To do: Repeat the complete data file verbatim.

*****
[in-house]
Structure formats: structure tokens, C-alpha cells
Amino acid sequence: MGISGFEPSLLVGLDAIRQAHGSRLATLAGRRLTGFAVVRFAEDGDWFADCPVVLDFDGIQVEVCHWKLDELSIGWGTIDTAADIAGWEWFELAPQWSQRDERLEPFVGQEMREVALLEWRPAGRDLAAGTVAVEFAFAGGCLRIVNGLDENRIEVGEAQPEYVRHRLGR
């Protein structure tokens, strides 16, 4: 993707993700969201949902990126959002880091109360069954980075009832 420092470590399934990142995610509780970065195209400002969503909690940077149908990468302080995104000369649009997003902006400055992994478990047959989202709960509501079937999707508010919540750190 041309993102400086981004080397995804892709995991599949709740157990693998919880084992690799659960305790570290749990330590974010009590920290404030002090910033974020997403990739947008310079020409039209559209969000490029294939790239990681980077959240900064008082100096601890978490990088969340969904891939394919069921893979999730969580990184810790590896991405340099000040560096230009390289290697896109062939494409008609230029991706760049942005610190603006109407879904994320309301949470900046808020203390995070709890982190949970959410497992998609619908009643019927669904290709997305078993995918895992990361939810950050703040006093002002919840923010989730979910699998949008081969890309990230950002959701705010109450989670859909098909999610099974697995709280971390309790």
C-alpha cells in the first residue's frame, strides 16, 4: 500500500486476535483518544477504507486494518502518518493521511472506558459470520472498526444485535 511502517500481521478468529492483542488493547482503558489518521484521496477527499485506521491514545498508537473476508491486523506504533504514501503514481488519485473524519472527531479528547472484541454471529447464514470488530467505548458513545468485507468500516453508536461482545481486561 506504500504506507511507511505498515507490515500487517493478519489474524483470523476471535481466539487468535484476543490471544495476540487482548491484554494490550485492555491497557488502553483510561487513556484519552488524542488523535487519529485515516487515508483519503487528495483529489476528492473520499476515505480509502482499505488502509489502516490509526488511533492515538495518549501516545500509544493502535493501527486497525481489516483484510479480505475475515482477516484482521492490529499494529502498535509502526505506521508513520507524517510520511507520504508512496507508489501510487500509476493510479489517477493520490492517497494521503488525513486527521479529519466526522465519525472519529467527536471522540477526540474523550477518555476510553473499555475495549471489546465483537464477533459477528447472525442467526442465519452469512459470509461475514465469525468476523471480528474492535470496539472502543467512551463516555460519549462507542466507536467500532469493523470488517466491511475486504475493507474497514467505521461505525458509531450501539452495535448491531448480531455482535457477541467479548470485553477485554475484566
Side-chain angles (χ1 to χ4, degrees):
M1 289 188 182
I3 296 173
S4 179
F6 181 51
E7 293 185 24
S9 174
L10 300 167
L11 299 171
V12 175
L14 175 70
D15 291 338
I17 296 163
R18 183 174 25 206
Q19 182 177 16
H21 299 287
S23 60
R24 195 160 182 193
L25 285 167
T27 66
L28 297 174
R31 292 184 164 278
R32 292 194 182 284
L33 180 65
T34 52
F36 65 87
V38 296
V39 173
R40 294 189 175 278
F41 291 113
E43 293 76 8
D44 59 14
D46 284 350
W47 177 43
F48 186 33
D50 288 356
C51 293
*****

[in-house]
Structure formats: structure tokens, C-alpha cells
Amino acid sequence: MGISGFEPSLLVGLDAIRQAHGSRLATLAGRRLTGFAVVRFAEDGDWFADCPVVLDFDGIQVEVCHWKLDELSIGWGTIDTAADIAGWEWFELAPQWSQRDERLEPFVGQEMREVALLEWRPAGRDLAAGTVAVEFAFAGGCLRIVNGLDENRIEVGEAQPEYVRHRLGR
């Protein structure tokens, strides 16, 4: 993707993700969201949902990126959002880091109360069954980075009832 420092470590399934990142995610509780970065195209400002969503909690940077149908990468302080995104000369649009997003902006400055992994478990047959989202709960509501079937999707508010919540750190 041309993102400086981004080397995804892709995991599949709740157990693998919880084992690799659960305790570290749990330590974010009590920290404030002090910033974020997403990739947008310079020409039209559209969000490029294939790239990681980077959240900064008082100096601890978490990088969340969904891939394919069921893979999730969580990184810790590896991405340099000040560096230009390289290697896109062939494409008609230029991706760049942005610190603006109407879904994320309301949470900046808020203390995070709890982190949970959410497992998609619908009643019927669904290709997305078993995918895992990361939810950050703040006093002002919840923010989730979910699998949008081969890309990230950002959701705010109450989670859909098909999610099974697995709280971390309790």
C-alpha cells in the first residue's frame, strides 16, 4: 500500500486476535483518544477504507486494518502518518493521511472506558459470520472498526444485535 511502517500481521478468529492483542488493547482503558489518521484521496477527499485506521491514545498508537473476508491486523506504533504514501503514481488519485473524519472527531479528547472484541454471529447464514470488530467505548458513545468485507468500516453508536461482545481486561 506504500504506507511507511505498515507490515500487517493478519489474524483470523476471535481466539487468535484476543490471544495476540487482548491484554494490550485492555491497557488502553483510561487513556484519552488524542488523535487519529485515516487515508483519503487528495483529489476528492473520499476515505480509502482499505488502509489502516490509526488511533492515538495518549501516545500509544493502535493501527486497525481489516483484510479480505475475515482477516484482521492490529499494529502498535509502526505506521508513520507524517510520511507520504508512496507508489501510487500509476493510479489517477493520490492517497494521503488525513486527521479529519466526522465519525472519529467527536471522540477526540474523550477518555476510553473499555475495549471489546465483537464477533459477528447472525442467526442465519452469512459470509461475514465469525468476523471480528474492535470496539472502543467512551463516555460519549462507542466507536467500532469493523470488517466491511475486504475493507474497514467505521461505525458509531450501539452495535448491531448480531455482535457477541467479548470485553477485554475484566
Side-chain angles (χ1 to χ4, degrees):
M1 289 188 182
I3 296 173
S4 179
F6 181 51
E7 293 185 24
S9 174
L10 300 167
L11 299 171
V12 175
L14 175 70
D15 291 338
I17 296 163
R18 183 174 25 206
Q19 182 177 16
H21 299 287
S23 60
R24 195 160 182 193
L25 285 167
T27 66
L28 297 174
R31 292 184 164 278
R32 292 194 182 284
L33 180 65
T34 52
F36 65 87
V38 296
V39 173
R40 294 189 175 278
F41 291 113
E43 293 76 8
D44 59 14
D46 284 350
W47 177 43
F48 186 33
D50 288 356
C51 293